Semi-truck accidents are a common occurrence and the Wyoming Department of Transportation (WYDOT) is well aware of that. While there are many efforts being made to help combat truck collisions including the implementation of self-driving vehicles, there is something else the WYDOT has been planning that is also geared to decreasing truck accidents on Interstate 80. Currently, I-80 is a “major corridor for semi-trucks hauling freight between the Midwest and the West Coast” and “semis make up 30 to 40 percent of the 11,000 to 16,000 vehicles that travel on I-80 each day, and up to 70 percent of that traffic during winter months.”

The reason WYDOT is targeting I-80 is because it sits about 6,000 feet above sea level and is usually covered in snow and ice during the winter time. And if you are someone who lives in Missouri or a truck driver who has to travel during this time of year, then you know how hazardous snow and ice can be to a vehicle, especially a semi-truck. Aside from the slippery and cold weather conditions, the state experiences heavy gusts of wind frequently. Unfortunately, these conditions have to led to almost 1,500 traffic accidents occurring on the interstate every year.

One of the major issues the WYDOT is seeing is that when wintery weather conditions are present, semi-trucks often “drive straight into massive pile-ups involving dozens of vehicles.” In 2015, there were two major pileups that occurred. One involved seventy vehicles while another involved 59 vehicles that crashed.


What does the WYDOT plan to do to help prevent these tragic truck collisions from occurring on I-80?



According to IEEE Spectrum, because the U.S. Department of Transportation selected the state of Wyoming to “participate in a new connected vehicle pilot to see whether installing dedicated short-range communications radios in vehicles and infrastructure along I-80 could improve safety,” they have used the funds they were awarded to plan this project. In fact, the department has already begun to install this new equipment and the pilot is expected to begin by the end of 2018.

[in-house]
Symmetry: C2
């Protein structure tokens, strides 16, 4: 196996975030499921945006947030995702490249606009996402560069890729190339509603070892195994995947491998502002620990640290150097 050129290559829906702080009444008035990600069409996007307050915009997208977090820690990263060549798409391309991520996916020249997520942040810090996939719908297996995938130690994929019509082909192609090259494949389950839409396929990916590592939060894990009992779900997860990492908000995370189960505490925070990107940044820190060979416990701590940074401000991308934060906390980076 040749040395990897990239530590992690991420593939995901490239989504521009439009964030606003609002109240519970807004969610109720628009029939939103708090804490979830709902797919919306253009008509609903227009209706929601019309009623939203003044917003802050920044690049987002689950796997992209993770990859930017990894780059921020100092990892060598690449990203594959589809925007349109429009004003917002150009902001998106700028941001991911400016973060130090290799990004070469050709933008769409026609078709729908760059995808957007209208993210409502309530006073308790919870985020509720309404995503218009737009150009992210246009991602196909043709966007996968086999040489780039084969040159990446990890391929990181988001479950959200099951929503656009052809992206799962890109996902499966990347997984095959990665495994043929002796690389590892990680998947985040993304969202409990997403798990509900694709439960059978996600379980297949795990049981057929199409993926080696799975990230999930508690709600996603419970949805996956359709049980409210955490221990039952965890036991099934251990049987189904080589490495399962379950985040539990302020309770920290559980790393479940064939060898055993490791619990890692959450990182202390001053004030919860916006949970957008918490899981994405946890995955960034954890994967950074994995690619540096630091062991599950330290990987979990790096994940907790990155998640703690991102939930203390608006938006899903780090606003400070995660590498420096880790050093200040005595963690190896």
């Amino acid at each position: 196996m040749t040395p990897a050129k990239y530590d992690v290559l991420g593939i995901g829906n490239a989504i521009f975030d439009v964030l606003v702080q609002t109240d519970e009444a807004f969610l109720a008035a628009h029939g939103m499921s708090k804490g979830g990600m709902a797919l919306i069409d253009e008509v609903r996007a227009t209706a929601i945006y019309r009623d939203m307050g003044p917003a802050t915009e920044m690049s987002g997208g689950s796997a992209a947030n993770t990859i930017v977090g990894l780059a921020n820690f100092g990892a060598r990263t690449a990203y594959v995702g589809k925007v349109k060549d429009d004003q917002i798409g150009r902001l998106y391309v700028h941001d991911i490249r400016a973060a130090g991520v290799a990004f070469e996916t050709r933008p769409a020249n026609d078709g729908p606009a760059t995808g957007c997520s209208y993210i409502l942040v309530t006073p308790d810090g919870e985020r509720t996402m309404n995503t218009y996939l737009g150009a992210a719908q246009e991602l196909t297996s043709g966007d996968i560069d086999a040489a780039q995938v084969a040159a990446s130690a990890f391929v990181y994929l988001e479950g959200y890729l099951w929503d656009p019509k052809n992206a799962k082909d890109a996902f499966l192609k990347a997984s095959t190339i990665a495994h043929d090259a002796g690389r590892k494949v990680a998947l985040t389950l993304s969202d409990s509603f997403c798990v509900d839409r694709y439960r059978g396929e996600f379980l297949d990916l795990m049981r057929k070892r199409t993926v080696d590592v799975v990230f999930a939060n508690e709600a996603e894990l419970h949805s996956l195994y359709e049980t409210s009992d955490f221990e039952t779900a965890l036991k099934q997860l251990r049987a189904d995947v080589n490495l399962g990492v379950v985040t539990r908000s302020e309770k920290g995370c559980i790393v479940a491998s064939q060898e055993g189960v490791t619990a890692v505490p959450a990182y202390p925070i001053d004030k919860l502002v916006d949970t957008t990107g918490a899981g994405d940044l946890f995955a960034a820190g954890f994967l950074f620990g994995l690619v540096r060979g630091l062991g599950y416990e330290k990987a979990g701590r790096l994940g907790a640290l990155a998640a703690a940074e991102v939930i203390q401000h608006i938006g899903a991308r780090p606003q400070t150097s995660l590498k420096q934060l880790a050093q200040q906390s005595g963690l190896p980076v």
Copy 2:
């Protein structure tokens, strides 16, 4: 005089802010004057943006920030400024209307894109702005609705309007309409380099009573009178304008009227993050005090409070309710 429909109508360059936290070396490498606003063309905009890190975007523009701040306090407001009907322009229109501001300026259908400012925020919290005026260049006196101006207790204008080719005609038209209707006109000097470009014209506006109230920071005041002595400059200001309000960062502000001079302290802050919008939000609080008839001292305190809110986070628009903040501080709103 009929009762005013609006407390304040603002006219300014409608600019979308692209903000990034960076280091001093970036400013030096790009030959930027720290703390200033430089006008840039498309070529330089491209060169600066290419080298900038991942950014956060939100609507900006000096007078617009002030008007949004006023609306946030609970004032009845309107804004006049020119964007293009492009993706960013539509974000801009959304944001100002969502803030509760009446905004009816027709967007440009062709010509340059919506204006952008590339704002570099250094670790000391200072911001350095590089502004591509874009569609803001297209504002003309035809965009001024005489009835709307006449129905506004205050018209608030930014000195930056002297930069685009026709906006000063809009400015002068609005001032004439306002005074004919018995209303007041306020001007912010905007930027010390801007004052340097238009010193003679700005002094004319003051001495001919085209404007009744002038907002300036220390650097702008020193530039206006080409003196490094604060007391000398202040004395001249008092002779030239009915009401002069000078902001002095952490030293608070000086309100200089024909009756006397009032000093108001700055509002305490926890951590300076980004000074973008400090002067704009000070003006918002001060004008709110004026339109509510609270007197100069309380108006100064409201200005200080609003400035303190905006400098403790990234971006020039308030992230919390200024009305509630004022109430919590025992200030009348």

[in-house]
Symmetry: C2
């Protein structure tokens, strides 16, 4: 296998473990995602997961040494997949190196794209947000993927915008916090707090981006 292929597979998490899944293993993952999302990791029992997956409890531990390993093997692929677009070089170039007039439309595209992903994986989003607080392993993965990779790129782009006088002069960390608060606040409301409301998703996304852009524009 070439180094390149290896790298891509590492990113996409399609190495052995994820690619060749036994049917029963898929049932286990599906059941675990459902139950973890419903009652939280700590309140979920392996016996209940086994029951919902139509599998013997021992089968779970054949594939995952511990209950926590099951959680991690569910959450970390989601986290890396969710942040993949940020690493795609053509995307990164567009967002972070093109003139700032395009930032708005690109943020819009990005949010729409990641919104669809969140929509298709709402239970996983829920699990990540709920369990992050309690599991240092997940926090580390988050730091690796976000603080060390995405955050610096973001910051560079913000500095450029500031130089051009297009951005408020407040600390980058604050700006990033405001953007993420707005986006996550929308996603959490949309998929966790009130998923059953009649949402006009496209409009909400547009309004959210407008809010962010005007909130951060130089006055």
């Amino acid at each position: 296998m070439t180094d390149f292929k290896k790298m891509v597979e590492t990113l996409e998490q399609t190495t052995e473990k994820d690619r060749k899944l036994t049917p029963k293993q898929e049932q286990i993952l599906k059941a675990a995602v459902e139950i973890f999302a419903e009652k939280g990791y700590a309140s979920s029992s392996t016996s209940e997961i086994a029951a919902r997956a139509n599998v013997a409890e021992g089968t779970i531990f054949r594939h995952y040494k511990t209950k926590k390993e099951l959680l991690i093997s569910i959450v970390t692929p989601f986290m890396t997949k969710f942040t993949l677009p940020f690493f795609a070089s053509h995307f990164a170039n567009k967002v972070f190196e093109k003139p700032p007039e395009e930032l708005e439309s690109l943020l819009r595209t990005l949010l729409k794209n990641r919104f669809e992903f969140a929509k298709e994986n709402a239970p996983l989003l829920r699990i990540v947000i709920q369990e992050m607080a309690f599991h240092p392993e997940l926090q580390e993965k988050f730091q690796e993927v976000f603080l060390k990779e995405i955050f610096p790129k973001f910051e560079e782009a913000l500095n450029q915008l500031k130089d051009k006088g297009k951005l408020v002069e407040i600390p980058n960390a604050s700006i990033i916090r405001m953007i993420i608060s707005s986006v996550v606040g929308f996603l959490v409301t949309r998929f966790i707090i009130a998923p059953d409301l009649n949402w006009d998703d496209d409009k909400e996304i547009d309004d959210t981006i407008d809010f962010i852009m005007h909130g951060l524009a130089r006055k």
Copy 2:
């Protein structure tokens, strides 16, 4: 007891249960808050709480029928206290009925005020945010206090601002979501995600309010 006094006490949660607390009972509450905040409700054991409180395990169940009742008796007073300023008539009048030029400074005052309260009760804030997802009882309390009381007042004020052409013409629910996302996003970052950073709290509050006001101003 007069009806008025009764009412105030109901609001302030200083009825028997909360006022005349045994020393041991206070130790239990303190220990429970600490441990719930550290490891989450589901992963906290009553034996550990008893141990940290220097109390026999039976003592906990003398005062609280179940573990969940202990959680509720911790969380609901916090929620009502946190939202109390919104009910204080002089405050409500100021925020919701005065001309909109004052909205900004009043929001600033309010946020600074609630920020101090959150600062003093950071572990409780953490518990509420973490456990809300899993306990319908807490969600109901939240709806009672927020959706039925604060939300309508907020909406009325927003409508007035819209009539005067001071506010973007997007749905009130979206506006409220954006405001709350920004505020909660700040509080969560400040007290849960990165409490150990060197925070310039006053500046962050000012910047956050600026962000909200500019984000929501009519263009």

The radios are expected to help notify truck drivers of accidents that have occurred up ahead along with when inclement weather is present so they can prepare themselves better and avoid engaging in an accident.

The pilot is going to allow semi-trucks to have DSRC radios installed made by Lear and Sirius XM as well as a tablet that will go inside the cab to alert the drivers of the changing road conditions or accidents ahead. Weather stations will be collecting data and sharing it with WYDOT’s Transportation Management Center in Cheyenne where operators can then relay the message to the roadside radios. These radios “should be able to warn a driver if they’re about to hit another DSRC-equipped truck in front of them, or alert them of an icy patch or foggy conditions on the road ahead. And every time a driver passes by a roadside DSRC transceiver, their radio will upload data about the conditions the truck experienced on the last stretch of road.”

Hopefully, with all the time and money the WYDOT has put into this project, less commercial truck collisions will be reported. Until all these new modifications take effect, we can expect that semi-truck collisions will continue to occur on roadways all across the state of Missouri. And if you are a victim of one of these horrific crashes, consider contacting today. We will work with you to help you locate a Missouri truck accident lawyer who will determine what forms of compensation are available to you that can help get you through this difficult time.